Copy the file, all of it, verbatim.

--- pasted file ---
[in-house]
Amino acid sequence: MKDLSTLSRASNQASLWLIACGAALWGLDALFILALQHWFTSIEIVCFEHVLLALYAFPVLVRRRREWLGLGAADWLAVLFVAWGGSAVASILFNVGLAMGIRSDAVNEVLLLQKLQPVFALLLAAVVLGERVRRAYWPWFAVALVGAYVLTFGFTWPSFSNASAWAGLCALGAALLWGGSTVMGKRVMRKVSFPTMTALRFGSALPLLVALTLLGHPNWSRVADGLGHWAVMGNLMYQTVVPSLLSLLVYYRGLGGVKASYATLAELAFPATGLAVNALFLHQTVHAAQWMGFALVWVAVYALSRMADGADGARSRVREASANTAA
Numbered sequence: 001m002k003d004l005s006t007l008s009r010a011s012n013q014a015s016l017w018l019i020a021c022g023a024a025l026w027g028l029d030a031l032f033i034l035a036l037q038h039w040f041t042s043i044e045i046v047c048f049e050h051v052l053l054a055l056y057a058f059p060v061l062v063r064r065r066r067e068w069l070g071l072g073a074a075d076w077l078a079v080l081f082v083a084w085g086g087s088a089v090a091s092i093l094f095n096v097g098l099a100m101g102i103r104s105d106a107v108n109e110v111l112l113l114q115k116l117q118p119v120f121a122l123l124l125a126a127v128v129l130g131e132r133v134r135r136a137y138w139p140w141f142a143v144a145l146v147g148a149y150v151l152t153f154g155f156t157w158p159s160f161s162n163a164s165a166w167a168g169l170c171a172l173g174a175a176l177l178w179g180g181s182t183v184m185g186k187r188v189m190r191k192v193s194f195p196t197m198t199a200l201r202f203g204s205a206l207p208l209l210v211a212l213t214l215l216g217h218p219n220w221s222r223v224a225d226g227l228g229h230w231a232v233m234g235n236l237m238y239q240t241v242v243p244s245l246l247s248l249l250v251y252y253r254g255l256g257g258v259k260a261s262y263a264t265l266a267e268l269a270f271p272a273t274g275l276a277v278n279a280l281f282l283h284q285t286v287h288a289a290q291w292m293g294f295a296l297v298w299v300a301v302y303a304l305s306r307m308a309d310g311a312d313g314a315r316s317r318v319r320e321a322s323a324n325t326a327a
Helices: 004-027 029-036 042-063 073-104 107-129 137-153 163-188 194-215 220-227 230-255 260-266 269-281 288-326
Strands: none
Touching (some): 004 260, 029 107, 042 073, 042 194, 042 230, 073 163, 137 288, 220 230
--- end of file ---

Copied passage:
[in-house]
Amino acid sequence: MKDLSTLSRASNQASLWLIACGAALWGLDALFILALQHWFTSIEIVCFEHVLLALYAFPVLVRRRREWLGLGAADWLAVLFVAWGGSAVASILFNVGLAMGIRSDAVNEVLLLQKLQPVFALLLAAVVLGERVRRAYWPWFAVALVGAYVLTFGFTWPSFSNASAWAGLCALGAALLWGGSTVMGKRVMRKVSFPTMTALRFGSALPLLVALTLLGHPNWSRVADGLGHWAVMGNLMYQTVVPSLLSLLVYYRGLGGVKASYATLAELAFPATGLAVNALFLHQTVHAAQWMGFALVWVAVYALSRMADGADGARSRVREASANTAA
Numbered sequence: 001m002k003d004l005s006t007l008s009r010a011s012n013q014a015s016l017w018l019i020a021c022g023a024a025l026w027g028l029d030a031l032f033i034l035a036l037q038h039w040f041t042s043i044e045i046v047c048f049e050h051v052l053l054a055l056y057a058f059p060v061l062v063r064r065r066r067e068w069l070g071l072g073a074a075d076w077l078a079v080l081f082v083a084w085g086g087s088a089v090a091s092i093l094f095n096v097g098l099a100m101g102i103r104s105d106a107v108n109e110v111l112l113l114q115k116l117q118p119v120f121a122l123l124l125a126a127v128v129l130g131e132r133v134r135r136a137y138w139p140w141f142a143v144a145l146v147g148a149y150v151l152t153f154g155f156t157w158p159s160f161s162n163a164s165a166w167a168g169l170c171a172l173g174a175a176l177l178w179g180g181s182t183v184m185g186k187r188v189m190r191k192v193s194f195p196t197m198t199a200l201r202f203g204s205a206l207p208l209l210v211a212l213t214l215l216g217h218p219n220w221s222r223v224a225d226g227l228g229h230w231a232v233m234g235n236l237m238y239q240t241v242v243p244s245l246l247s248l249l250v251y252y253r254g255l256g257g258v259k260a261s262y263a264t265l266a267e268l269a270f271p272a273t274g275l276a277v278n279a280l281f282l283h284q285t286v287h288a289a290q291w292m293g294f295a296l297v298w299v300a301v302y303a304l305s306r307m308a309d310g311a312d313g314a315r316s317r318v319r320e321a322s323a324n325t326a327a
Helices: 004-027 029-036 042-063 073-104 107-129 137-153 163-188 194-215 220-227 230-255 260-266 269-281 288-326
Strands: none
Touching (some): 004 260, 029 107, 042 073, 042 194, 042 230, 073 163, 137 288, 220 230